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Prevention of HIV in Adolescent Girls and Young Women: Key to an AIDS-Free Generation

Abdool Karim, Quarraisha PhD; Baxter, Cheryl PhD; Birx, Deborah MD

Erratum

In the article by Abdool Karim et al, appearing in the JAIDS: Journal of Acquired Immune Deficiency Syndromes, Vol. 75, No. 1(suppl 1), pp. S17-S26 entitled “Prevention of HIV in Adolescent Girls and Young Women: Key to an AIDS-Free Generation”, the wrong figure appeared in the article. The correct Figure 1 appears below.

JAIDS Journal of Acquired Immune Deficiency Syndromes. 75(2):e58, June 1st, 2017.

JAIDS Journal of Acquired Immune Deficiency Syndromes: May 1st, 2017 - Volume 75 - Issue - p S17–S26
doi: 10.1097/QAI.0000000000001316
Supplement Article

Abstract: The Global Plan towards the elimination of new HIV infections among children by 2015 and keeping their mothers alive (Global Plan) has ensured that more infants in high-HIV burden countries survive childhood HIV-free. Although equal numbers of boy and girl children have survived to age 10, a gender divergence starts to emerge as they enter adolescence. Up to 3 times as many young women aged 15–24 years in eastern and southern Africa are living with HIV compared with their male peers. Further, more adolescent girls and young women are sick and/or dying from AIDS-related or HIV-related complications during pregnancy and in the postpartum period, underscoring the importance of strengthening HIV treatment and prevention services for this group. Failure to prevent HIV in adolescent girls and young women and keep them alive will reverse the infant HIV prevention and survival gains made under the Global Plan. The promising global declines in HIV infection in young women need to be strengthened to realize the goals of an AIDS-free generation. The DREAMS initiative of the United States President's Emergency Plan for AIDS Relief (PEPFAR), which specifically addresses adolescent girls and young women at highest risk of HIV acquisition, brings new hope for meeting the prevention and care needs of this important and vulnerable population through political commitment, leadership, financial and human resource investments, advocacy efforts, and a focus on the highest priority settings. Importantly, to achieve the goal of keeping mothers alive, we have to place more emphasis on access to sexual and reproductive health services that (1) include HIV prevention and treatment services for adolescent girls and young women; (2) increase male/paternal responsibility in mother and infant health; and (3) ensure a supportive social environment that enables young women to grow up into young adults who are free to graduate from high school and plan their pregnancies, ultimately entering adulthood safe, healthy, and free from HIV.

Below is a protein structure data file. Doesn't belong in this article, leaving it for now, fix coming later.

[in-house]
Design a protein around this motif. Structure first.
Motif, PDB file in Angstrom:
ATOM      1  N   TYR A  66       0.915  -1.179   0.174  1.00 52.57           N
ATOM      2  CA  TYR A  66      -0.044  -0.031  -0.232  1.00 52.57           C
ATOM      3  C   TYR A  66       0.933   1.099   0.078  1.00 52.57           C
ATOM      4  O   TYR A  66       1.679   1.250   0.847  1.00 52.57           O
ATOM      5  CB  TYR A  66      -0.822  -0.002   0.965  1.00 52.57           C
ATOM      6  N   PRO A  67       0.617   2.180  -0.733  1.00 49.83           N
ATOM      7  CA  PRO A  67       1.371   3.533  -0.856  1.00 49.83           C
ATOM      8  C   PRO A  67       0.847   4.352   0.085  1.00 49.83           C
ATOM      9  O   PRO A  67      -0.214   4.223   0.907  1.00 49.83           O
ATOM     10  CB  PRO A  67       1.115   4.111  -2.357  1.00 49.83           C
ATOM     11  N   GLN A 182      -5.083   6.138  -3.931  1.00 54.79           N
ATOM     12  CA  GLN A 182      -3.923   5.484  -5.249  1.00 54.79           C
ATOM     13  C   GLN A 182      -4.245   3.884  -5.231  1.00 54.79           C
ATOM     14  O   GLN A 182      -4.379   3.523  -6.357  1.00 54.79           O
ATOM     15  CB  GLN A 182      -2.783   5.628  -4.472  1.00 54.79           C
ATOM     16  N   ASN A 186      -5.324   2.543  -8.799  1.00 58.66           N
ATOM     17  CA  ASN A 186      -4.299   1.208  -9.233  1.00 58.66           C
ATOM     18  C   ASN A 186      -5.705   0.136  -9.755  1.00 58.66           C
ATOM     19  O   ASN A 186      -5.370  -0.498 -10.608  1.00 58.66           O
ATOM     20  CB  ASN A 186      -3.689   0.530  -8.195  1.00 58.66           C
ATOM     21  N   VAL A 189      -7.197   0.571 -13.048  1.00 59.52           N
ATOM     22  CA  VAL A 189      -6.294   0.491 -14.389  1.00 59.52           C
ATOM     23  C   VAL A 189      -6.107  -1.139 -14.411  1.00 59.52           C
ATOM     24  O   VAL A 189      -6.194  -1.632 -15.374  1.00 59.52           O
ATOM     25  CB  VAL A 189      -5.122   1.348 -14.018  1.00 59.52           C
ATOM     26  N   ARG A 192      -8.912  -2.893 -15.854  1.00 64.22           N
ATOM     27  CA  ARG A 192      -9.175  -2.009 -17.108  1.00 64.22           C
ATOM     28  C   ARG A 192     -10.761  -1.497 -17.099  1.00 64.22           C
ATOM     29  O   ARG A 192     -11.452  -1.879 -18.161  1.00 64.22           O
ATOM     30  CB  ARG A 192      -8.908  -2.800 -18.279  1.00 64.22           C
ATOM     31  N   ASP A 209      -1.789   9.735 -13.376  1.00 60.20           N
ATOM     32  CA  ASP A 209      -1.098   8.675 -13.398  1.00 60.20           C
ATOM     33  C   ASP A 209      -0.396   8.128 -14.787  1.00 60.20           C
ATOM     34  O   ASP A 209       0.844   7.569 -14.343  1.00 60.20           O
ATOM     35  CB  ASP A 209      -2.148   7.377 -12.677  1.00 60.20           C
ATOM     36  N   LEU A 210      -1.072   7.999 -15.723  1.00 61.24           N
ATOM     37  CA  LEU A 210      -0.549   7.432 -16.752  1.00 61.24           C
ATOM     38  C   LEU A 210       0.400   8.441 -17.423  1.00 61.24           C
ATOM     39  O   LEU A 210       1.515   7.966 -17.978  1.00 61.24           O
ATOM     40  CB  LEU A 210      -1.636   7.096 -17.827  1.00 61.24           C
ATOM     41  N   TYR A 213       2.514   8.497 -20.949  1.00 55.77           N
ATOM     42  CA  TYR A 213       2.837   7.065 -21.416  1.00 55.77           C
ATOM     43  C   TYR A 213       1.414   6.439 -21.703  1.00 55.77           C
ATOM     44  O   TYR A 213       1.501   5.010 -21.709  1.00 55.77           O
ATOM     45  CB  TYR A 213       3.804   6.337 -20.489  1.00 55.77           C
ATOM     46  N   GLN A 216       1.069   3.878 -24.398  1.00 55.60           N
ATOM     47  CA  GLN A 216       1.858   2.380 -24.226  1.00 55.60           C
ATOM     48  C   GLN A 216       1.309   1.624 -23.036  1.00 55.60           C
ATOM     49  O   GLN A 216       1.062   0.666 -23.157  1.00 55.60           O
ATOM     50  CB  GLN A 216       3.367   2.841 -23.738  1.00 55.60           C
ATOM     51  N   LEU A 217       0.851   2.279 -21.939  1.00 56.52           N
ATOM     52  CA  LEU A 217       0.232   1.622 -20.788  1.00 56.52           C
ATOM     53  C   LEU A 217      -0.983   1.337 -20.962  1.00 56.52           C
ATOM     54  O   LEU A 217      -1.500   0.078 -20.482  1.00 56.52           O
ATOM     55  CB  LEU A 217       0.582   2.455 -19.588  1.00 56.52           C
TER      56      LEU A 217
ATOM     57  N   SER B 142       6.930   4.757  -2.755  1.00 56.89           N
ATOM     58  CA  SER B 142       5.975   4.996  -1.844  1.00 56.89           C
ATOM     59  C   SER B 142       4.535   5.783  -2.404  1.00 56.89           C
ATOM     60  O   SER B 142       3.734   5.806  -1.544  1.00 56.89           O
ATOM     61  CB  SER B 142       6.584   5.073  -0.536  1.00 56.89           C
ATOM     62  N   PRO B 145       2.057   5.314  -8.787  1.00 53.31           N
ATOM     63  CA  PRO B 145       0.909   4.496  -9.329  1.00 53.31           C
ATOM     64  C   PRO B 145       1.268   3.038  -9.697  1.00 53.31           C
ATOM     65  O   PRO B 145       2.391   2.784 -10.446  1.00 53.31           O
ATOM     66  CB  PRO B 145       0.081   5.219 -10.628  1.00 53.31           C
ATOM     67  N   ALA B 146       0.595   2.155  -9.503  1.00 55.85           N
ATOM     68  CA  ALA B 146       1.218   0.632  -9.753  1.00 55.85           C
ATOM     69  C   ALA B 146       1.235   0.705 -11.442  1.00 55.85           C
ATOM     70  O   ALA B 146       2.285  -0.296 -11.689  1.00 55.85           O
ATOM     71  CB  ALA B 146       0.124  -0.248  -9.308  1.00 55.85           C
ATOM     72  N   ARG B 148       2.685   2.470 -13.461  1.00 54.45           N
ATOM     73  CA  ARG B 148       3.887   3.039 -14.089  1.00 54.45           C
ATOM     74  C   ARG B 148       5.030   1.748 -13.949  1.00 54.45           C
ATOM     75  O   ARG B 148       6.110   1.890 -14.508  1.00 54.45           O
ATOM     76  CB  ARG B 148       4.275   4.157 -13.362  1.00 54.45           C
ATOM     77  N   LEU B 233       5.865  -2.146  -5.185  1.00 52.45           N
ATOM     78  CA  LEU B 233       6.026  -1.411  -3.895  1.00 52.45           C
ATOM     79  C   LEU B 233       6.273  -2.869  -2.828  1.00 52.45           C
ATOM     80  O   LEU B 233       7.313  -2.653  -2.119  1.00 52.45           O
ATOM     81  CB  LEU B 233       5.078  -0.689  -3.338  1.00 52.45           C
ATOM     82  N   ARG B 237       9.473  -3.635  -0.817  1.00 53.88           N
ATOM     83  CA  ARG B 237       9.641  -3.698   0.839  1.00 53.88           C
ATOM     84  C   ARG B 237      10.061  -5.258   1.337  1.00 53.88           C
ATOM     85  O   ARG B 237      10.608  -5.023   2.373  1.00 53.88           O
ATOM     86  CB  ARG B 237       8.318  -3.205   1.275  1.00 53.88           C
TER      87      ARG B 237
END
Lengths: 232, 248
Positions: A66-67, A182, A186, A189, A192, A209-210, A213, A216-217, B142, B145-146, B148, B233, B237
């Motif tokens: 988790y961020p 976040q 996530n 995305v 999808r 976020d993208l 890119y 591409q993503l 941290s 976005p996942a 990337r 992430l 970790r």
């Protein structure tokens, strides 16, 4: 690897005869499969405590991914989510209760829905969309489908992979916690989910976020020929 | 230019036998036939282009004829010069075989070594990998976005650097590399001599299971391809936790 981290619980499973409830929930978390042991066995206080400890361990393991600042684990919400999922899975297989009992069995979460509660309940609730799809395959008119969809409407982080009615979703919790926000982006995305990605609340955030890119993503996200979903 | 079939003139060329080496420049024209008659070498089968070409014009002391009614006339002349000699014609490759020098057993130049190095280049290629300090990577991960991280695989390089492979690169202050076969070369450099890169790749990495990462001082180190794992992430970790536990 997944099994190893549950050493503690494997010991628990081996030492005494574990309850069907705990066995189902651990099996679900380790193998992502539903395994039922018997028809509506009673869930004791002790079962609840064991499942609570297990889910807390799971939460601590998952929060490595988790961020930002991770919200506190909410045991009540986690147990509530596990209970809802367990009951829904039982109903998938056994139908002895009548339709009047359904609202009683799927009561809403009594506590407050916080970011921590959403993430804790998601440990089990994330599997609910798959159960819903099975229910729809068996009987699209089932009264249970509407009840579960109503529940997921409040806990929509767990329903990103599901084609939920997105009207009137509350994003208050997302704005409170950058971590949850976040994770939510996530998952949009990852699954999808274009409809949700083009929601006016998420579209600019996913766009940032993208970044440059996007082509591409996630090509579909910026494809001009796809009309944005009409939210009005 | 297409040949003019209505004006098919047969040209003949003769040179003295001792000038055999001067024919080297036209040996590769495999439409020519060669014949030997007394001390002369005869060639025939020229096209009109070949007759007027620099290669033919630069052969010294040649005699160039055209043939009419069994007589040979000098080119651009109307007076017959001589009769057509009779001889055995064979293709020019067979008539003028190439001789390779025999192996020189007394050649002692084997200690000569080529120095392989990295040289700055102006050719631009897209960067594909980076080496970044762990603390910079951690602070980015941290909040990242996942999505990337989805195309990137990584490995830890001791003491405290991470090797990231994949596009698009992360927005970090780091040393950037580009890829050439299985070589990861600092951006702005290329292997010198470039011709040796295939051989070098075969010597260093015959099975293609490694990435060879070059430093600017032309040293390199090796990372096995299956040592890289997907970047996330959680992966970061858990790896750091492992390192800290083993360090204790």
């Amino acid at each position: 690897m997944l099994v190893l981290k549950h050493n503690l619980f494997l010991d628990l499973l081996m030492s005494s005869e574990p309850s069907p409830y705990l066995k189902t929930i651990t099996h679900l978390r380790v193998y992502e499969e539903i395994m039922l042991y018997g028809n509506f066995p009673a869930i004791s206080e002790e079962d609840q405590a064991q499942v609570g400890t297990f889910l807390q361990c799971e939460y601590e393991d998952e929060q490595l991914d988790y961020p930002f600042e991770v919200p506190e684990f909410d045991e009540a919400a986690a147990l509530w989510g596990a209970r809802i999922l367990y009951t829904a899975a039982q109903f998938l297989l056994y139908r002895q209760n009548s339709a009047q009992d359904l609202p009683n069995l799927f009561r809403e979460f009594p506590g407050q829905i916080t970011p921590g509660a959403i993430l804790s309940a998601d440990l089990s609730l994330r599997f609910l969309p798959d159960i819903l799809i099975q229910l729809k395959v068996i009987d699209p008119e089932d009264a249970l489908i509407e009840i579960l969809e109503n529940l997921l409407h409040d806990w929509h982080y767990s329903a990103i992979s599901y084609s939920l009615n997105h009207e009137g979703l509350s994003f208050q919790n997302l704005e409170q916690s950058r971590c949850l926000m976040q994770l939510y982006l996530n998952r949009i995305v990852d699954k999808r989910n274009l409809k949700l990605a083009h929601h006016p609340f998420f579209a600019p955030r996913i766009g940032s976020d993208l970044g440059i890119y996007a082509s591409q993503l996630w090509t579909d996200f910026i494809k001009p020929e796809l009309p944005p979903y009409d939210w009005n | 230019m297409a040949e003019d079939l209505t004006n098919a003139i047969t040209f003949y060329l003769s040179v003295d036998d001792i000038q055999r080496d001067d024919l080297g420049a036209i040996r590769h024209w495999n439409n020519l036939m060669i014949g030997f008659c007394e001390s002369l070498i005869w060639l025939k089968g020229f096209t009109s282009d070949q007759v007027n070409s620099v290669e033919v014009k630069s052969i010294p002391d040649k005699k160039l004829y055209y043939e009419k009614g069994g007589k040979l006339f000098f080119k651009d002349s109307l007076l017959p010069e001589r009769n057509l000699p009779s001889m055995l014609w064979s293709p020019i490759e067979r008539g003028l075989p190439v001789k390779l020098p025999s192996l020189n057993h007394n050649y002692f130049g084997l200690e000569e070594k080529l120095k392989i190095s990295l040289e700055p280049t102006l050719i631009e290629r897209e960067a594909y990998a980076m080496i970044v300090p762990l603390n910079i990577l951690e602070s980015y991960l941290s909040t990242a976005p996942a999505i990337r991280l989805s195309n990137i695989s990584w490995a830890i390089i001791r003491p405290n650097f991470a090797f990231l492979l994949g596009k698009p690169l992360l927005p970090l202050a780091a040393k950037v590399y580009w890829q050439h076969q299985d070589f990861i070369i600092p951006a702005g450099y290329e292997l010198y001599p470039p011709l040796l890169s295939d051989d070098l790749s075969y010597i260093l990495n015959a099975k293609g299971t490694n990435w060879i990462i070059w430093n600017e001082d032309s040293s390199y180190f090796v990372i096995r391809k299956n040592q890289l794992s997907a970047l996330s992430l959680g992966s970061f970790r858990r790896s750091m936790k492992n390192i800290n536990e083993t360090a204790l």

*Centre for the AIDS Programme of Research in South Africa (CAPRISA), Durban, South Africa;

Department of Public Health, University of KwaZulu-Natal, Durban, South Africa;

Department of Epidemiology, Mailman School of Public Health, Columbia University, New York, NY; and

§Office of the US Global AIDS Coordinator, US Department of State, Washington, DC.

Correspondence to: Quarraisha Abdool Karim, PhD, CAPRISA, 2nd Floor, Doris Duke Medical Research Institute, Nelson R Mandela School of Medicine University of KwaZulu-Natal, Private Bag X7, Congella, 4013, South Africa (e-mail: quarraisha.abdoolkarim@caprisa.org).

Ambassador D.B. oversees the implementation of the US President's Emergency Plan for AIDS Relief (PEPFAR) program, which is implementing the DREAMS initiative described in this manuscript. The remaining authors have no funding or conflict of interests to disclose.

The views and opinions expressed in the article are solely those of the authors and do not necessarily reflect those of the U.S. Government.

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